Clearly, the answer is no. It is best not to smoke at all. From a policy perspective, however, there is a question of whether e-cigarettes should be regulated and taxed heavily–like regular cigarettes–or more lightly. If e-cigarettes are relatively healthier than standard cigarettes, less taxes/regulation would be merited. If, however, e-cigarettes induce more individuals to begin smoking or do not have any incremental health benefits relative to standard cigarettes, higher taxes and regulation are needed.
So what does the science say? The National Academies of Sciences, Engineering, and Medicine report Public Health Consequences of E-Cigarettes aims to synthesize existing evidence. A Vox piece summarizes the report’s findings, which I repeat below.
- Unclear whether e-cigarettes can help people quit smoking. Some observational studies found that e-cigarettes helped people quit smoking but RCT evidence was less conclusive. Overall, there is some suggestive evidence but it is far from conclusive.
- E-cigarettes increase the likelihood that kids smoke. “The evidence base was large enough and consistent enough and strong enough to conclude that there’s an association between e-cigarette use and ever-use of combustible tobacco [cigarettes],” said committee member Adam Leventhal. In short, one can consider e-cigarettes as sort of a ‘gateway’ drug to standard smoking. However…
- E-cigarettes are less harmful than conventional cigarettes. E-cigarettes have fewer toxins than standard cigarettes. Note that fewer does not mean none as some e-cigarettes do contain harmful chemicals such as formaldehyde and acrolein. Because they are so new, however, the long-term effect of e-cigarettes is not known.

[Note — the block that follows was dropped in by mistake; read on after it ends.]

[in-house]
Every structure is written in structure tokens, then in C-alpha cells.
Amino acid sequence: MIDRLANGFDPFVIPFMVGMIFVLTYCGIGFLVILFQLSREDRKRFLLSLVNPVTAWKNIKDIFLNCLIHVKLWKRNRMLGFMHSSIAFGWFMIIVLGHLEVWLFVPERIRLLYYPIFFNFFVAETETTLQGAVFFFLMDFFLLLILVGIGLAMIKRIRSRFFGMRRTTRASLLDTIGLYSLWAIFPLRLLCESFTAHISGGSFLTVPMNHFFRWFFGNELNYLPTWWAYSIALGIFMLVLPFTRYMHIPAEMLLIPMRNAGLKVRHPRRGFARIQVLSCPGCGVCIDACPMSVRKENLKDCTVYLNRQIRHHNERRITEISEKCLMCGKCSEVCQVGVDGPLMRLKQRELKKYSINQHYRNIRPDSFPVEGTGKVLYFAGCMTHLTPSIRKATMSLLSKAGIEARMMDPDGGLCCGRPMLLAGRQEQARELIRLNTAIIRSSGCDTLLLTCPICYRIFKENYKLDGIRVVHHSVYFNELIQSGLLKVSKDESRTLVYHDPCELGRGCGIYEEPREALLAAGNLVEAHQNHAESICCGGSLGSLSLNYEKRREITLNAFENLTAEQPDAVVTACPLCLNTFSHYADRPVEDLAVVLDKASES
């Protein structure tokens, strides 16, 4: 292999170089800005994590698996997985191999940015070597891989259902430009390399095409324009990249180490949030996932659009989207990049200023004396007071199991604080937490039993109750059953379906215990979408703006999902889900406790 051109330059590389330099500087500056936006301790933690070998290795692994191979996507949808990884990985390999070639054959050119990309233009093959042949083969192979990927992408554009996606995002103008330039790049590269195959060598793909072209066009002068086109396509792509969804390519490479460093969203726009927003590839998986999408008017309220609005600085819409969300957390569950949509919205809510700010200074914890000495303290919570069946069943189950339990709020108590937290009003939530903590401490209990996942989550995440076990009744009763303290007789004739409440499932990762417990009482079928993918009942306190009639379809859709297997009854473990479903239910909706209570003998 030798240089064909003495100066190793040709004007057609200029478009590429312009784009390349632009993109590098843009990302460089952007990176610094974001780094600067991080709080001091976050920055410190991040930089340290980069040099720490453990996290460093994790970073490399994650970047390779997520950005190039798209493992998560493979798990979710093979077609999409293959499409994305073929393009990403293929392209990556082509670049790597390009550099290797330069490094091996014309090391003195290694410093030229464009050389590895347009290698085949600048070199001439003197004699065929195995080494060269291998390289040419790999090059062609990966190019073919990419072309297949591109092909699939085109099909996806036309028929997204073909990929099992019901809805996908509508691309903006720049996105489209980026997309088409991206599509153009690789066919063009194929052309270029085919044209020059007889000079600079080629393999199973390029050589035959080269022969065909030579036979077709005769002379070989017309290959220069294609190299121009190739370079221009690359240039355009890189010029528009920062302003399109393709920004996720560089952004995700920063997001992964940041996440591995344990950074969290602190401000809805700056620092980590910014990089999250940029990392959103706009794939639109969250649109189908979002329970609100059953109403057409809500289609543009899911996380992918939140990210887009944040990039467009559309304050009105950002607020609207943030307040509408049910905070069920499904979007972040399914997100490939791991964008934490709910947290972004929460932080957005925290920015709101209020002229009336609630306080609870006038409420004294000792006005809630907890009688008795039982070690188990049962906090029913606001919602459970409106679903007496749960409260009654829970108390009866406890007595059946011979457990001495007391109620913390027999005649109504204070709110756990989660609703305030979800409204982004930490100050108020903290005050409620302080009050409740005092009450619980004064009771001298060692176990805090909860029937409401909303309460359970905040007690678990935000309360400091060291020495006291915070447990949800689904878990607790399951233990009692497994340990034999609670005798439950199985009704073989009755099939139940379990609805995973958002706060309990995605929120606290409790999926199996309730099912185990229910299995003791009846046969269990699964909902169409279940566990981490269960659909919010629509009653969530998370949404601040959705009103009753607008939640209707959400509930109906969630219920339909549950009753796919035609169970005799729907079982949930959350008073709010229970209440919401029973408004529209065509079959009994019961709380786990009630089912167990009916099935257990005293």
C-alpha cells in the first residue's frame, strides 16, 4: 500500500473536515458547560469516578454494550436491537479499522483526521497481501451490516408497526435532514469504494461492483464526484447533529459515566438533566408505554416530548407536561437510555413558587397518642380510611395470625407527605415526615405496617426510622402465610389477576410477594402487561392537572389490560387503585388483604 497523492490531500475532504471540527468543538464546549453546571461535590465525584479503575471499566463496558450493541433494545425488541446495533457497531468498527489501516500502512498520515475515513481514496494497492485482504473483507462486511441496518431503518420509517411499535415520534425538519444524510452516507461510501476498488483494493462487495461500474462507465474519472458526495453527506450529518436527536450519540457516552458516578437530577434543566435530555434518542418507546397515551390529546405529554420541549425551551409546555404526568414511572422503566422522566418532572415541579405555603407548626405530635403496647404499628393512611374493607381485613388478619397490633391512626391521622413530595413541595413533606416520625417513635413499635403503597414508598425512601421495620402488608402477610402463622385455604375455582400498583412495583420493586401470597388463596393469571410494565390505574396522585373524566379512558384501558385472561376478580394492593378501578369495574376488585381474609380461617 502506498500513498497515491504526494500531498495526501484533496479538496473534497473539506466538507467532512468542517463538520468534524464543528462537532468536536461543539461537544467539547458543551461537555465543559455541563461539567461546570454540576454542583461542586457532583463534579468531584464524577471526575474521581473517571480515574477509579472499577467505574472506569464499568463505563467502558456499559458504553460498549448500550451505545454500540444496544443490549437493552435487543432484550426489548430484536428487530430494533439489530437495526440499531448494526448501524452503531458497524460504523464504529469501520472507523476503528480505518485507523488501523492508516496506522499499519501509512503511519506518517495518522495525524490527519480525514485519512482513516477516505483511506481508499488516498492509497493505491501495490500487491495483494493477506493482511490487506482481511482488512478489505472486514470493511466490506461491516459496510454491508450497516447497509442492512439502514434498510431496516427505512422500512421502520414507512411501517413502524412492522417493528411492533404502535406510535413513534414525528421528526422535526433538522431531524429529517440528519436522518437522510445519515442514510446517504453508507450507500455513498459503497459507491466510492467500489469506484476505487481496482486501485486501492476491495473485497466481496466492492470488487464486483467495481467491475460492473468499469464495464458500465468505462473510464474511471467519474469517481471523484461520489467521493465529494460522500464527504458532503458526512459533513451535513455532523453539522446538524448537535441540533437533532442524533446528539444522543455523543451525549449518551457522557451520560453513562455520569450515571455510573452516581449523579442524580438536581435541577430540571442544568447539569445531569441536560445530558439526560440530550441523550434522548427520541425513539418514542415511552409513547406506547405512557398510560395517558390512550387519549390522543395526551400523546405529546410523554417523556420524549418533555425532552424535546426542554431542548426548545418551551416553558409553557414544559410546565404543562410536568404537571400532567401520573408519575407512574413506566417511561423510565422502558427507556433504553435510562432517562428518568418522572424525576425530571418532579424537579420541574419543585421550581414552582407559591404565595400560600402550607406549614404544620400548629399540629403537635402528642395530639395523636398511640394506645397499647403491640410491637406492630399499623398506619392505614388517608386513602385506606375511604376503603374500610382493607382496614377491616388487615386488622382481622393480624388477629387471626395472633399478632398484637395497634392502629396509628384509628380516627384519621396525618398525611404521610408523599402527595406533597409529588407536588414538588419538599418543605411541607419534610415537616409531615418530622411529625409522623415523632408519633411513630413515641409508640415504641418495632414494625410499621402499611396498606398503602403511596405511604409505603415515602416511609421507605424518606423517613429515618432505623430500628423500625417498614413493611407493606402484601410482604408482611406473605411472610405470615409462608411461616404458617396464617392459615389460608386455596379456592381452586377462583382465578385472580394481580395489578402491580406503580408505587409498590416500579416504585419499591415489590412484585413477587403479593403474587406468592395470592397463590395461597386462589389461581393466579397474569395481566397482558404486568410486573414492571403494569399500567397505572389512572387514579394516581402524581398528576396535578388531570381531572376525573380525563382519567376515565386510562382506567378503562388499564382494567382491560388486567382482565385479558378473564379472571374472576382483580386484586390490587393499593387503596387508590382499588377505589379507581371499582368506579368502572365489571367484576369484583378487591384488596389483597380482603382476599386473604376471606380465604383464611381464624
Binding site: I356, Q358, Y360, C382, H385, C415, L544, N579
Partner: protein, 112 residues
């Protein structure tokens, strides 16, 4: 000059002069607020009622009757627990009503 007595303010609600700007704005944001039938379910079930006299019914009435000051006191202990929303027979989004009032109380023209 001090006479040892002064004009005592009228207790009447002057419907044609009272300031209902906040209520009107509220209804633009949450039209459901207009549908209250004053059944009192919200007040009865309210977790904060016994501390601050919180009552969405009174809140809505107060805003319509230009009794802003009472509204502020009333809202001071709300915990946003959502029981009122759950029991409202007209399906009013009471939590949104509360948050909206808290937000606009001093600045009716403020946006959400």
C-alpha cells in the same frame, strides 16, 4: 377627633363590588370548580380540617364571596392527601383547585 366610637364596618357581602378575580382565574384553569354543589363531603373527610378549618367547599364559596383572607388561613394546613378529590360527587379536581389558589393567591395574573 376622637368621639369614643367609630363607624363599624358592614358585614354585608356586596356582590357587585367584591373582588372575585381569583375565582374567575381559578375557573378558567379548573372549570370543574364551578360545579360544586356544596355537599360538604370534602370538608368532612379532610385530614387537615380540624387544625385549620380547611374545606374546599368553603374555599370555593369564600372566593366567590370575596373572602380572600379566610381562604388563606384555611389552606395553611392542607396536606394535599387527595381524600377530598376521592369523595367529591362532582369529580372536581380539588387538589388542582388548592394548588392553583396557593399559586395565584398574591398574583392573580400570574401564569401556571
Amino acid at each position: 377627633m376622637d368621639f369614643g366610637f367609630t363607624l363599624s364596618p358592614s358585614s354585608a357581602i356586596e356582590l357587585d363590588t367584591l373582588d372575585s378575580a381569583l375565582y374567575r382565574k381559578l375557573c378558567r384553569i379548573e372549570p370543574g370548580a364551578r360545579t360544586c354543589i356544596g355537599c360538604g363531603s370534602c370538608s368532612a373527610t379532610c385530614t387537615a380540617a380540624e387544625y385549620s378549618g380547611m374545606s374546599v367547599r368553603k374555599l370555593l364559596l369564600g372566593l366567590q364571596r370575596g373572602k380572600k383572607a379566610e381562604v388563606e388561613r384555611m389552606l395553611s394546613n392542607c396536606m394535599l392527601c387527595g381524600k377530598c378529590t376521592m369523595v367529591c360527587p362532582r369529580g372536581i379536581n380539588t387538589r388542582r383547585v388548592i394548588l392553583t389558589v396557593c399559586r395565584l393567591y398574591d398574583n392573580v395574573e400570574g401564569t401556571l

The report takes these three elements and concludes the following:
Under the assumption that using e-cigarettes increases the net cessation rate of combustible tobacco cigarettes among adults, the modeling projects that in the short run, use of these products will generate a net public health benefit, despite the increased use of combustible tobacco products by young people. Yet in the long term (for instance, 50 years out), the public health benefit is substantially less and is even negative under some scenarios. If the products do not increase combustible tobacco cessation in adults, then with the range of assumptions the committee used, the model projects that there would be net public health harm in the short and long term.
In short, while evidence is accumulating regarding e-cigarettes, there is still much that needs to be learned. On an individual–rather than policy level–the message is clear: don’t smoke cigarettes, whether electronic, conventional or otherwise.